Reading programs spell success
The children of Delaware County made the Delaware County District Library’s 2012 Summer Reading Club another spectacular and record-breaking success. Although totals are still being compiled, more than 6,000 children read books, attended programs and received stickers and prizes for their efforts. More importantly, their involvement in the Library’s summer reading club let them hone and develop their reading skills, making them more prepared to start the upcoming school year.
Hundreds of teens also joined in summer reading this year, reading, attending programs and helping out in the library’s Volunteen program. Their participation helped them to foster a love of reading and the satisfaction of volunteering.
Adults certainly held their own this summer too, with nearly 1,100 registering online and reading and discussing books. No doubt, their appreciation of a good book and their joy of reading will serve as splendid models for children and teens alike.
Everyone who participated in this year’s summer reading club certainly brought the theme, “Dream Big … Read!” to life. Thanks to all who were a part of the programs.
The children’s staff will be taking a much needed rest and there will be no story times for children until September, but August is filled with terrific programs for adults. There is a grant writing seminar at 7 p.m. Aug. 14 at the Powell Branch, and the Green Lecture Series continues with a presentation on beekeeping at 7 p.m. Aug. 16 at the Orange Branch. There will be book discussion groups meeting at all library locations this month, too.
Check the online calendar at delawarelibrary.org, or pick up a copy of “Check It Out!” at any library location for more programming details.
When you’re in the library in August, look for these great books on the New Book Shelves.
• Bullied: What Every Parent, Teacher, and Kid Needs to Know About Ending the Cycle of Fear by Carrie Goldman Segall. The mother of a bullied first grader draws on research from the top experts in the field to provide specific advice on how to help children respond to bullies, revealing how to mitigate the destructive behavior that affects too many children.
• A Death in Italy: The Definitive Account of the Amanda Knox Case by John Follain. A London Times journalist presents a comprehensive account of the highly publicized trial of Amanda Knox, drawing on hundreds of first-hand interviews and access to complete case files to assess the true story and media sensation surrounding the 2007 murder of her roommate.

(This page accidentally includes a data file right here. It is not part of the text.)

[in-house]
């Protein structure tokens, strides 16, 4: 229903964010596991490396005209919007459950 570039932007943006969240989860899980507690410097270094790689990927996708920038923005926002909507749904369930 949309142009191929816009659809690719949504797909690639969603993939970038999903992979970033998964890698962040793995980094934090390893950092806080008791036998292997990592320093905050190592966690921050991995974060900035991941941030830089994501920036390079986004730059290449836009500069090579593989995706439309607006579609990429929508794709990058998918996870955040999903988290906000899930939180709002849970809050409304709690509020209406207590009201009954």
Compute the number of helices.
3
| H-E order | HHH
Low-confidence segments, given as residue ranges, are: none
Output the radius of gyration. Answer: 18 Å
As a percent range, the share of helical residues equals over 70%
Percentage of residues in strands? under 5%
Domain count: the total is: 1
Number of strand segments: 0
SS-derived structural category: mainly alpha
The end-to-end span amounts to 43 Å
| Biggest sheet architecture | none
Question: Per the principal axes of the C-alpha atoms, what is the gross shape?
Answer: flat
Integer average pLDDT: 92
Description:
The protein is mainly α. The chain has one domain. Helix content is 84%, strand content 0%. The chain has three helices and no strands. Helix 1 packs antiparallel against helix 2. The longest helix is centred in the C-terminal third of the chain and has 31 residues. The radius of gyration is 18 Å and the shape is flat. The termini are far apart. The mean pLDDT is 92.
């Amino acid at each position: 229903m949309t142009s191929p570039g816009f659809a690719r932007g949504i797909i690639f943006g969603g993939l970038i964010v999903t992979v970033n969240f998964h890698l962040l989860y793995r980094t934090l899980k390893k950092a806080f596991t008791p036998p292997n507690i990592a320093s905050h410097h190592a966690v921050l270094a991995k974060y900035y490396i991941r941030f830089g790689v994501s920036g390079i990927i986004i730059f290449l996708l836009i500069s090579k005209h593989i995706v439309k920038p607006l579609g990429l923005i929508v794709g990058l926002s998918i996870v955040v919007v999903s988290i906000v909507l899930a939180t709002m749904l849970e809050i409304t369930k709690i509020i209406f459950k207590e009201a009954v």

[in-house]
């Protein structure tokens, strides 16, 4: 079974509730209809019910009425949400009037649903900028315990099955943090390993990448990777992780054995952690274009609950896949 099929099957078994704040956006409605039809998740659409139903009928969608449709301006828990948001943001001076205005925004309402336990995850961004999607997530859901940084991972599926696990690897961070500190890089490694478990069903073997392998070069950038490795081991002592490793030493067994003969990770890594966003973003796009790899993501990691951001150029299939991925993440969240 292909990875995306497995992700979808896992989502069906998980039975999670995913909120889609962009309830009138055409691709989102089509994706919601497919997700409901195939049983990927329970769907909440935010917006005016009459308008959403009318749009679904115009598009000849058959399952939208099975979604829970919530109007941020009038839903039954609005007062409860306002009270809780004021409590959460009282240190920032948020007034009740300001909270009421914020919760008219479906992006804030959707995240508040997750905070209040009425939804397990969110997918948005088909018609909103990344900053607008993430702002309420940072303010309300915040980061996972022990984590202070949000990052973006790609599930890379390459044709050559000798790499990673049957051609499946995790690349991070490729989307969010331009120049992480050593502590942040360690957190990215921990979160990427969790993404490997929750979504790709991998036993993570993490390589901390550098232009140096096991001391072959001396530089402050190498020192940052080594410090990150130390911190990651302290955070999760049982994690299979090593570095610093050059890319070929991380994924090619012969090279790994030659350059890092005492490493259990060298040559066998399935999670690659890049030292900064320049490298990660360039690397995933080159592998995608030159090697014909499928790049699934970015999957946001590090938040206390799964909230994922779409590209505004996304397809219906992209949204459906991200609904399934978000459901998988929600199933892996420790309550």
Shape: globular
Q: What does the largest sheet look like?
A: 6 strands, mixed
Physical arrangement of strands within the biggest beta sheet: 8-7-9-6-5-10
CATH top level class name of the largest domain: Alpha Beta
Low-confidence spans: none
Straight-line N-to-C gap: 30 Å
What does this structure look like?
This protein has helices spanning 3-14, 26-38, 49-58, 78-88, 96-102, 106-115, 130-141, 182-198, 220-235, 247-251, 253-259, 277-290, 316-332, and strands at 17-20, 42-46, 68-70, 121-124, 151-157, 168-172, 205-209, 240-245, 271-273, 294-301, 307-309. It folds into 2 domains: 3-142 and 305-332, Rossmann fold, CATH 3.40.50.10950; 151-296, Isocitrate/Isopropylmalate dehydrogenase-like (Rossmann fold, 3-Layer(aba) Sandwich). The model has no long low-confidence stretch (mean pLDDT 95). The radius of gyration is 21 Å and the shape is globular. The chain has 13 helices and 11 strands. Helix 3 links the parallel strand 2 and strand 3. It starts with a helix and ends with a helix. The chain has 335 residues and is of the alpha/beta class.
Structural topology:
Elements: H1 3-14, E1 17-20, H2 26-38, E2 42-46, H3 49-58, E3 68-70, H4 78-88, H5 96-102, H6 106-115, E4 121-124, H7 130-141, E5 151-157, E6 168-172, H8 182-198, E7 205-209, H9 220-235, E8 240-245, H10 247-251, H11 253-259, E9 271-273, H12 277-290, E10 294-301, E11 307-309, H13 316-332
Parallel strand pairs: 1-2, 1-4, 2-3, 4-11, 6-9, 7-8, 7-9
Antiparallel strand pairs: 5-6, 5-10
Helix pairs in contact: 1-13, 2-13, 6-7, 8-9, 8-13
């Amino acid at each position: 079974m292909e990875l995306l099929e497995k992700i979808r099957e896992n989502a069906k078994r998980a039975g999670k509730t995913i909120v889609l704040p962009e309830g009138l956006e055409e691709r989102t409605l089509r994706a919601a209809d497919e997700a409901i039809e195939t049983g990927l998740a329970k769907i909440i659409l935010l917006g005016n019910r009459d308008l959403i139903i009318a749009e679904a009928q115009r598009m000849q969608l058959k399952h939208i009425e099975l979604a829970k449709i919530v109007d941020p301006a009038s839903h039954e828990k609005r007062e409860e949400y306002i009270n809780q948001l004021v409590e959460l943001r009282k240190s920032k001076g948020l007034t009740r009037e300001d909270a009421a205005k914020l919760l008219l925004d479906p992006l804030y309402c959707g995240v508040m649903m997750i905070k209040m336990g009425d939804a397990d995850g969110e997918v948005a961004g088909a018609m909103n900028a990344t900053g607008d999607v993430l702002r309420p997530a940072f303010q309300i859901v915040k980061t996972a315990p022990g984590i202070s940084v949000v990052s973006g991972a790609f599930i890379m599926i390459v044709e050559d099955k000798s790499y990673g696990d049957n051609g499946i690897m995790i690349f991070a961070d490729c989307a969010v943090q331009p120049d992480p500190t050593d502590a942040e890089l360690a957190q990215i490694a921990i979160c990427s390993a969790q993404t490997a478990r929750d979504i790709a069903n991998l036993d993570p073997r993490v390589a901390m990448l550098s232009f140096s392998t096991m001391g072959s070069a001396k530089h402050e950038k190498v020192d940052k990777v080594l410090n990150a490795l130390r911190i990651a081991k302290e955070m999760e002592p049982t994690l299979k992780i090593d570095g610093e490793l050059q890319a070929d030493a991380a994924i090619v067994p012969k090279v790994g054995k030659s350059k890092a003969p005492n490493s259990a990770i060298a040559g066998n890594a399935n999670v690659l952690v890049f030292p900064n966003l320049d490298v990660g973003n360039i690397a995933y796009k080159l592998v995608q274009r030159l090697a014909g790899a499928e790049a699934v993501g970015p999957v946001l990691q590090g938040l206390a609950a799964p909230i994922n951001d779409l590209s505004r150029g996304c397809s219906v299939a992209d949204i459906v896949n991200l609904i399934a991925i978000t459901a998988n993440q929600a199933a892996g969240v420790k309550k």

• Hostage by Elie Wiesel. In 1975, Shaltiel Feigenberg, a Jewish writer from Brooklyn, endures a nightmarish abduction by Arab and Italian captors by sharing poignant stories from his childhood years spent hiding from the Nazis.
• The Kingmaker’s Daughter by Philippa Gregory. Presents a tale inspired by the daughters of “Kingmaker” Richard, 15th century Earl of Warwick, who uses his daughters as political pawns before their strategic marriages place them on opposing sides in a royal war that will cost them everyone they love.
• The Lincoln Letter by William Martin. A latest entry in the best-selling series by the author of The Lost Constitution finds Peter Fallon and Evangeline Carrington heading to Washington, D.C., to compete against dangerous adversaries in a hunt for the 16th President’s Civil War diary, a record that contains information that could change history and influence key elections.
• The New New Deal: The Hidden Story of Change in the Obama Era by Michael Grunwald. An award-winning Times senior correspondent reveals lesser-known aspects of the stimulus bill while explaining how the Obama administration’s progressive steps have prevented an imminent depression while supporting clean energy, health care, education reform and other positive agendas.
• Psycho USA: Famous American Killers You Never Heard Of by Harold Schechter. Shares the stories of lesser-known serial killers including “Mad Sculptor” Robert Irwin, “Tell-Tale Heart Killer” Peter Robinson and “Man of Two Lives” Edward H. Ruloff, in an anthology that evaluates their mental statuses, motivations and role in inspiring period literature and tabloids.
• A Sunless Sea by Anne Perry. A latest installment in the popular Victorian mystery series by the author of Acceptable Loss finds Monk discovering a shocking truth while investigating the murder of a high-end prostitute with ties to an opium-dispensing doctor’s widow.
• Trickster’s Point by William Kent Krueger. Discovering that he has been set up when Native American governor-elect Jubal Little is murdered with one of Cork’s bow-hunting arrows, Cork O’Connor recalls his complex relationship with Jubal while struggling to clear his name and find the real killer.
If you have a question that you would like to see answered in this column, mail it to Mary Jane Santos, Delaware County District Library, 84 E. Winter St., Delaware, OH 43015, or call 740–362-3861. You can also email your questions by visiting delawarelibrary.org or directly to Mary Jane at mjsantos@delaware library.org. No matter how you contact us, we’re always glad you asked.